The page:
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Olivier Kirchhoffer

Senior Scientific Editor

About Olivier

Medicinal chemist by training, Olivier is a young researcher driven by his enthusiasm about scientific progress. He believes in the interdependence of science and politics, while recognising that it is the scientist’s responsibility to adapt his speech to his audience. Olivier loves to debate about politics when he is not at work, but he is also convinced about the strength of arguments that are backed by science.

Olivier is the editor of 4 Breaks:

Blocking protein folding to fight antibiotic resistance

Antibiotics are the cornerstone of modern medicine, but their effectiveness is threatened by the growing problem of antibiotic resistance. Recent research has identified a new strategy with the potential to restore the effectiveness of a range of currently used antibiotics, including drugs of last resort.

May 13, 2022 | 4 min read
Unveiling the secrets of ancient Egyptian ink

At the dawn of recorded history, ancient Egyptians already used different colors of inks to highlight important messages on papyri. We studied the composition of 12 red and black inks on ancient Egyptian papyri (c. 100–200 CE) and were able to detect different lead-containing compounds in both red and black inks, revealing that lead was used as a dryer rather than a pigment.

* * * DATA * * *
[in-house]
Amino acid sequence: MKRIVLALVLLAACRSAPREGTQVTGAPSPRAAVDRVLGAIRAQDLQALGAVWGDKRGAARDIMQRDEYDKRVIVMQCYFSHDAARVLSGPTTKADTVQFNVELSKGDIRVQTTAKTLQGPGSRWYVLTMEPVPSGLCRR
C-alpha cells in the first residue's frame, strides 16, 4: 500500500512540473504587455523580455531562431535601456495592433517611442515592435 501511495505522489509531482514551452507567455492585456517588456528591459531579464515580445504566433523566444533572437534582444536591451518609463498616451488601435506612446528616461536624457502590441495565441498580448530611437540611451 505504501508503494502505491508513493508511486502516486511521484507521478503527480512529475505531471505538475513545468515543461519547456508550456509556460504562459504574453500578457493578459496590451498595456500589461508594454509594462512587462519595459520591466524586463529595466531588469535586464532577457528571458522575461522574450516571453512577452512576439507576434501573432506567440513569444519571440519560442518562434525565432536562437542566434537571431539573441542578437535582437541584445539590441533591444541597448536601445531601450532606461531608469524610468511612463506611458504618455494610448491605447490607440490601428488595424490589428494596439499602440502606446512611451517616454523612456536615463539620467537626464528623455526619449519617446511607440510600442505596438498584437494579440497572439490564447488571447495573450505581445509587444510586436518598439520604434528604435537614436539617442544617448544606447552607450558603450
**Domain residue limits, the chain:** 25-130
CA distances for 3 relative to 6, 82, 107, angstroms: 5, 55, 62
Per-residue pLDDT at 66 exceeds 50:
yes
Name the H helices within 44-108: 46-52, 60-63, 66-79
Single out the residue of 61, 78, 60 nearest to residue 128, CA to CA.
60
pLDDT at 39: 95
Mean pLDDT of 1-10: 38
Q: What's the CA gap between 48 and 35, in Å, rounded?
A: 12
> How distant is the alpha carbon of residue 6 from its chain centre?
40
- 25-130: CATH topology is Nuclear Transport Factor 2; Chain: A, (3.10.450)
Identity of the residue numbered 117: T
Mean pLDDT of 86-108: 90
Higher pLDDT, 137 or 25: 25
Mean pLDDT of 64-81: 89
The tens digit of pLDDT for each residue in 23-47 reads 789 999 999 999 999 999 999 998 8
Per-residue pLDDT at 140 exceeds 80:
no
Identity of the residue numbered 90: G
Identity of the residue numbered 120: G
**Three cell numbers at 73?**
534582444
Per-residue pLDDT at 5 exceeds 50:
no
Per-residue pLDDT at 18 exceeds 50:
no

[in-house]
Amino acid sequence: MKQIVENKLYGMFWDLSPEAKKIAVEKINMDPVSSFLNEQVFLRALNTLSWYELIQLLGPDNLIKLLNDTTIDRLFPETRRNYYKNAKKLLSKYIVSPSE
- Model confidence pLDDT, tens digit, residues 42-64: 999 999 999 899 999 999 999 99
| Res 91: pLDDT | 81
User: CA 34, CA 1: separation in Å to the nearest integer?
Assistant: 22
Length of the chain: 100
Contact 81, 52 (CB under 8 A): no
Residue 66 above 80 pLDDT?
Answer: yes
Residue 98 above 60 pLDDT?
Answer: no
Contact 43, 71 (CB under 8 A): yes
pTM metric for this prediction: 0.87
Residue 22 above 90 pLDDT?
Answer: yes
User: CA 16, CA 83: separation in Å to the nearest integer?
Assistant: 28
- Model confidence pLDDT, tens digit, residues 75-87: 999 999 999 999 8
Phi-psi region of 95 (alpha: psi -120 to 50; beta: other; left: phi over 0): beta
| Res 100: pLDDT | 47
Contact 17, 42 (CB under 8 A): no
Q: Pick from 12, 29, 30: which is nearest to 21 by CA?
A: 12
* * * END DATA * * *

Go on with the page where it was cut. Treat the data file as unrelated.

Dec 22, 2021 | 3.5 min read
Equalizing strength among sexes: generalized intersexuality in female moles

Female moles develop as intersexual – they have ovotestes, containing both ovary and testicular tissues. Ovotestes produce testosterone that makes female moles stronger and more aggressive, so that they can survive a demanding underground lifestyle. We sequenced the mole genome and discovered that the shuffling of large DNA segments directed mole’s evolution towards intersexuality.

Oct 4, 2021 | 3.5 min read
An artificial intelligence platform accurately diagnoses dystonia

Dystonia is a debilitating neurological disorder that severely impacts patient’s quality of life. Its diagnosis is challenging partly due to the absence of a measurable indicator. Some patients may go undiagnosed for up to 10 years. We show that artificial intelligence can identify changes in the brain and provide an objective and accurate diagnosis of dystonia in less than a second.

Jul 5, 2021 | 3 min read